The latest release from the British Retail Consortium Retail Sales Monitor (BRC-RSM), shows that UK retail sales fell by 4.3% in March, the largest monthly drop in the history of the measure. While sales in supermarkets saw an exceptional peak in the month, large elements of non-food sales fell away sharply, even before the general shutdown announced on 23 March. Then thereafter many non-food sectors saw sales reduced to a trickle.
Three-month trend in food & grocery boosted to +5.1%
Including weeks in March where the surge in consumer demand drove supermarket sales as high as +50%, the food and grocery sector saw a rapid acceleration in its 12-week growth rate, transforming what had been a fairly muted trend in January and February. However, following the peaks of stockpiling and the introduction of strict social distancing in stores growth slackened substantially with the market value returning to something more recognisably ‘normal’. Even so with the effects of the initial market turbulence of the pandemic still being felt, we may be some way from knowing exactly what the actual shape of the ‘new normal’ for the food and grocery sector is.
Online becoming the almost exclusive channel for non-food
Unsurprisingly with shoppers first shunning, and then being excluded from, stores, traffic to online sites for non-food sales also saw a significant jump in March, up nearly 19%. In a month, online participation in total non-food sales rose by over 12 percentage points to reach the unprecedented level of 43.5%. For many non-food sectors online participation was at, or above, 50%, with this only likely to rise significantly further in April, the first full month of the shutdown.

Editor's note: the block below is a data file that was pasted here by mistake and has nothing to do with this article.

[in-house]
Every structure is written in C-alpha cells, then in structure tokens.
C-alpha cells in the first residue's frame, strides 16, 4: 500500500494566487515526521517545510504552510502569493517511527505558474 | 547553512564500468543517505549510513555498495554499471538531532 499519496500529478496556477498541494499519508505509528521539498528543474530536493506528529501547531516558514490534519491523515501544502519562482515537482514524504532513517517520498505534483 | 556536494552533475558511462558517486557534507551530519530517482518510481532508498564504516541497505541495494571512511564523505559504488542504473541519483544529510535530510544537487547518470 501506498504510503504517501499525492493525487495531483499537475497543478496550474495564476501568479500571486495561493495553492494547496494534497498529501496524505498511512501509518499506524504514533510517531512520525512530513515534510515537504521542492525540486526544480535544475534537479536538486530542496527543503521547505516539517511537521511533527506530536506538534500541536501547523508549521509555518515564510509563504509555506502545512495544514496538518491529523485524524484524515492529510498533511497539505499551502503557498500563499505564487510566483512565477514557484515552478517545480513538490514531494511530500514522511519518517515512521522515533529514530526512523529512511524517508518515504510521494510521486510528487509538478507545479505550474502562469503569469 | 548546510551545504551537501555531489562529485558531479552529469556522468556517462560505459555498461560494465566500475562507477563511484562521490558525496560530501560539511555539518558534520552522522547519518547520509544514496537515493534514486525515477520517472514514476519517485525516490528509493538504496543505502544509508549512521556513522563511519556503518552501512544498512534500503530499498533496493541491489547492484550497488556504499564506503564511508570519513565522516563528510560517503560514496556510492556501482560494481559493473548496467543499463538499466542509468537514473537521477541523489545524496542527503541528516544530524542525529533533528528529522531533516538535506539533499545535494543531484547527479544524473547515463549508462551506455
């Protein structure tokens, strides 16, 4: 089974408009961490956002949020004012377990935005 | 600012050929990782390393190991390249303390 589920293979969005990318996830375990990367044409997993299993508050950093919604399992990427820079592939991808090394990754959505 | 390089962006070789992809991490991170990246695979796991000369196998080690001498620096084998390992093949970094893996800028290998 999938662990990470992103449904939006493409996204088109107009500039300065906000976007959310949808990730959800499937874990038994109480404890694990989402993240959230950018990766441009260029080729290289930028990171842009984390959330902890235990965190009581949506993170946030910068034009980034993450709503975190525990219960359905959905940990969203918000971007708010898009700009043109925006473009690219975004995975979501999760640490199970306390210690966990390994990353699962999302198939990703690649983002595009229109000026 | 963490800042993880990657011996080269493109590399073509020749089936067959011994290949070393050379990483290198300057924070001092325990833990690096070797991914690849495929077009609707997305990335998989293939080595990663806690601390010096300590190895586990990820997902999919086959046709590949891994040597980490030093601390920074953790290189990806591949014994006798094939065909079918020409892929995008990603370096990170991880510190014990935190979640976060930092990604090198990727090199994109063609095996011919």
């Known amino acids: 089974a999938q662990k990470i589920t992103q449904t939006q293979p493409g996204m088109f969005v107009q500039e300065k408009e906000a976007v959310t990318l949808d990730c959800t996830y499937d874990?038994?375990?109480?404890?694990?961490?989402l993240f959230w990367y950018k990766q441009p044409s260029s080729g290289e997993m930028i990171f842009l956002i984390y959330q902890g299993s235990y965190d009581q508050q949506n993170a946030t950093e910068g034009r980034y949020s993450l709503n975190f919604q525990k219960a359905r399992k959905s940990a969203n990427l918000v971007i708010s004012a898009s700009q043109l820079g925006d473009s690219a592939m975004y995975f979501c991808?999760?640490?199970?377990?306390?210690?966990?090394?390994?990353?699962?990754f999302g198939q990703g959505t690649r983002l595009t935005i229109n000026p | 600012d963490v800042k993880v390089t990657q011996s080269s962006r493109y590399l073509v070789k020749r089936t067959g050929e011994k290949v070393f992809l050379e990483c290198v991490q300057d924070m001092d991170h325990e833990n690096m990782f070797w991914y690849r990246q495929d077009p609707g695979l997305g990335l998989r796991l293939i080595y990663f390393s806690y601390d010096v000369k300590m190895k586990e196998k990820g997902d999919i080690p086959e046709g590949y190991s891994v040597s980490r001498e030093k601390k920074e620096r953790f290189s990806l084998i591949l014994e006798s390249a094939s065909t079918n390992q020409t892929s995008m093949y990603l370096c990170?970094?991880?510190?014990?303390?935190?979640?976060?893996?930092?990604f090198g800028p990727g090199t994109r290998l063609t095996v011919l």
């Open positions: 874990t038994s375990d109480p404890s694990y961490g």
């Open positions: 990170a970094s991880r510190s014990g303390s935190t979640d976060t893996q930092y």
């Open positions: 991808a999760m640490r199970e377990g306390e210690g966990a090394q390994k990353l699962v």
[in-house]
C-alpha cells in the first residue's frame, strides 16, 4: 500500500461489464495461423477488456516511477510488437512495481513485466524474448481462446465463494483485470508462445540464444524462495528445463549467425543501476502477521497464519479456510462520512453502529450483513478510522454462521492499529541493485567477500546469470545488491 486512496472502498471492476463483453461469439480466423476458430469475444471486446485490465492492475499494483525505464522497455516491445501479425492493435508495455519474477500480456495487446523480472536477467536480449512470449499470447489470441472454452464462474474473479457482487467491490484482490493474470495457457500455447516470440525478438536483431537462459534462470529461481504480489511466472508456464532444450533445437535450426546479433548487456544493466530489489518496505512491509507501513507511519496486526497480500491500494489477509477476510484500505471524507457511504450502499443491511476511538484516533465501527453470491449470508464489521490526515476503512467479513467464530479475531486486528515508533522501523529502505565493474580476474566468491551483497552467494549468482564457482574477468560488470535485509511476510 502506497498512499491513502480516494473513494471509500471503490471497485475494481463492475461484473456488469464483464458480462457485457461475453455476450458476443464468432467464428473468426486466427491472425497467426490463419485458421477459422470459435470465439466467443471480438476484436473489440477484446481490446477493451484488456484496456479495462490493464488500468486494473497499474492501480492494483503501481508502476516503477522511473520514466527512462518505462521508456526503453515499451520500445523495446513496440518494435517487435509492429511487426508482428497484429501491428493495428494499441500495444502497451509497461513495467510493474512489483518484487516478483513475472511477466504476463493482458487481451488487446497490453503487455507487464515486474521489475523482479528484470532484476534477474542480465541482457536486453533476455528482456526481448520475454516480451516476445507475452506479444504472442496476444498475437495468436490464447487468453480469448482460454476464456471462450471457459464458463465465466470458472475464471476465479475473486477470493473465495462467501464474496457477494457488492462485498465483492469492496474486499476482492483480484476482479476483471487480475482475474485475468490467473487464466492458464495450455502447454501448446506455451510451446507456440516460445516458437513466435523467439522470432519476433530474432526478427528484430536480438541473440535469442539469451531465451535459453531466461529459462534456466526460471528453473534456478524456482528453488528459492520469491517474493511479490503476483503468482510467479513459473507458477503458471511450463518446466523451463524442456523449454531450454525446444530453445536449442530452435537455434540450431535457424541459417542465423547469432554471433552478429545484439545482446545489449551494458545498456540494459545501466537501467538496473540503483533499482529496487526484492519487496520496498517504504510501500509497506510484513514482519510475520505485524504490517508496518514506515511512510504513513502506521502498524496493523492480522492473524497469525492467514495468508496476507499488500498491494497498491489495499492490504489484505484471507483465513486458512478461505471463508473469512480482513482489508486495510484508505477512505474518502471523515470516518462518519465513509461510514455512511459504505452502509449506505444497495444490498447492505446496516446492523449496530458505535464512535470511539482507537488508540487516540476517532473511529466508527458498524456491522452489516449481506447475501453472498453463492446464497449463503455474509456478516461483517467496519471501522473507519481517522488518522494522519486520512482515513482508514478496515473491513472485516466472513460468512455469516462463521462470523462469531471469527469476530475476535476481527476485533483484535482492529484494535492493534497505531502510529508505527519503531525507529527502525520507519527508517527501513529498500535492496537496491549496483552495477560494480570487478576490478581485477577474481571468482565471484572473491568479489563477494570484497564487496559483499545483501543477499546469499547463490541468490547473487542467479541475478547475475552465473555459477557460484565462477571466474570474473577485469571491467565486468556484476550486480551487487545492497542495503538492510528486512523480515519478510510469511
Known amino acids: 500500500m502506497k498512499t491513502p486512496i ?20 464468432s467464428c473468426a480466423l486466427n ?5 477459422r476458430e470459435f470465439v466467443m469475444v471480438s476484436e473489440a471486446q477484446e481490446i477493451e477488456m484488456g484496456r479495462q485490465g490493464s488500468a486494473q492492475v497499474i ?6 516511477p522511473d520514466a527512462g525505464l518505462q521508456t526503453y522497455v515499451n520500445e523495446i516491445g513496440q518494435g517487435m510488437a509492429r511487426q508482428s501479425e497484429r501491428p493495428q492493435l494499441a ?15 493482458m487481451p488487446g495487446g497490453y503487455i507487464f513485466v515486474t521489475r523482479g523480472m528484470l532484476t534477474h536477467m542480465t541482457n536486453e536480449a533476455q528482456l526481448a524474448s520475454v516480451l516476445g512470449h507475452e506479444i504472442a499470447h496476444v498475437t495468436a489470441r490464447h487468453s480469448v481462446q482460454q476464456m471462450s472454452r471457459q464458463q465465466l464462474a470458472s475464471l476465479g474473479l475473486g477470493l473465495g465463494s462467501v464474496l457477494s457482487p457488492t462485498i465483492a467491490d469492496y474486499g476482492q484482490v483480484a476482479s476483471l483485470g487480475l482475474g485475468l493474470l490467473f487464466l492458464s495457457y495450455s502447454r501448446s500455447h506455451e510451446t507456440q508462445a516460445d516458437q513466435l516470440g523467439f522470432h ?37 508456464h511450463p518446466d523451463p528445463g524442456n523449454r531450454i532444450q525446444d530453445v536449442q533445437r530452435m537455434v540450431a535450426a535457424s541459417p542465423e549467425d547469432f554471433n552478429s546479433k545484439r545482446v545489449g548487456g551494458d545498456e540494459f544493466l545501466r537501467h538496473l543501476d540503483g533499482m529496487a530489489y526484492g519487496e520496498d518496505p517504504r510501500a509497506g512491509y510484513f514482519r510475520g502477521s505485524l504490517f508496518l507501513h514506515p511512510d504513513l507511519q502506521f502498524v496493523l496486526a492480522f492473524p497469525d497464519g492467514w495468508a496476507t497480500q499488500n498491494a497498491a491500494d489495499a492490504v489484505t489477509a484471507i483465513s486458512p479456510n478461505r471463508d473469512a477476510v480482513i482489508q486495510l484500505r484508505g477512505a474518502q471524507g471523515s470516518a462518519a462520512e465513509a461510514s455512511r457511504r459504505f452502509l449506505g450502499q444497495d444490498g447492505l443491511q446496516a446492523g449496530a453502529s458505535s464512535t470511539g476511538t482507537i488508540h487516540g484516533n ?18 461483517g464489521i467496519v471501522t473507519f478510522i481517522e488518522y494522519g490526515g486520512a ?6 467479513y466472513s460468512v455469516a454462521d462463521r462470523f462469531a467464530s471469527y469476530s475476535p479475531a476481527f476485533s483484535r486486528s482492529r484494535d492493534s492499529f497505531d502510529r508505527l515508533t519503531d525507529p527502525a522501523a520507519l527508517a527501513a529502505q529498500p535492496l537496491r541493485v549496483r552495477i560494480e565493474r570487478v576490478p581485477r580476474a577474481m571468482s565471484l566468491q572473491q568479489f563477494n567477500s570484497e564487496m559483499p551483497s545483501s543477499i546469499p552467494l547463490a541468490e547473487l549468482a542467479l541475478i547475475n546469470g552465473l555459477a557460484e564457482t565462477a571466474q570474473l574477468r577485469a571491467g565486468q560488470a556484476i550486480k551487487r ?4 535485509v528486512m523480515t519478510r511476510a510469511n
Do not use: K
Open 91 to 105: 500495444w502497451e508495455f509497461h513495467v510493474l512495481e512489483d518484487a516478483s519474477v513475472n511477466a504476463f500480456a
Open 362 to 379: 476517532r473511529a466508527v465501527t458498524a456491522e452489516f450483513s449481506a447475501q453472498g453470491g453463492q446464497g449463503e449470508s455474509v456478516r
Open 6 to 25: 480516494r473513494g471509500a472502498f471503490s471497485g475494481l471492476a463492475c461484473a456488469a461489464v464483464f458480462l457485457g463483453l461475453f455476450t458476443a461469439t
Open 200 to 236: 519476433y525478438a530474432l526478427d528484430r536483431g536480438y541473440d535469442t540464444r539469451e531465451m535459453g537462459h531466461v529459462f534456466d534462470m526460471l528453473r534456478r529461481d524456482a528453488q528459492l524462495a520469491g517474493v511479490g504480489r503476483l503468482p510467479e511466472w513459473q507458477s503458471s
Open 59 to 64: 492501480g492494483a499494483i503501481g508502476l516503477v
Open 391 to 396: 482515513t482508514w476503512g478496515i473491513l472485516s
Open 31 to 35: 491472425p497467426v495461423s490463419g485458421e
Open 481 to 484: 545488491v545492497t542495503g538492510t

Susan Barratt, Chief Executive, IGD commented:
‘UK grocery retailers faced an unprecedented series of challenges in March, and along with suppliers and logistics partners, have been critical to the national response during the Coronavirus (COVID-19) outbreak, ensuring people have access to food and other essentials as well as supporting vulnerable groups in our society. Shoppers are recognising and appreciating these efforts, with trust in the food industry to support local communities up by 4 percent from February. As well as tackling the immediate challenges of the Coronavirus (COVID-19) impacts, retailers need to have an eye on the future. Our data shows a significant decline in shopper financial confidence, with 39% expecting to be worse off in the year ahead compared to 27% in February, indicating the rest of 2020 may be a bumpy ride for many.’
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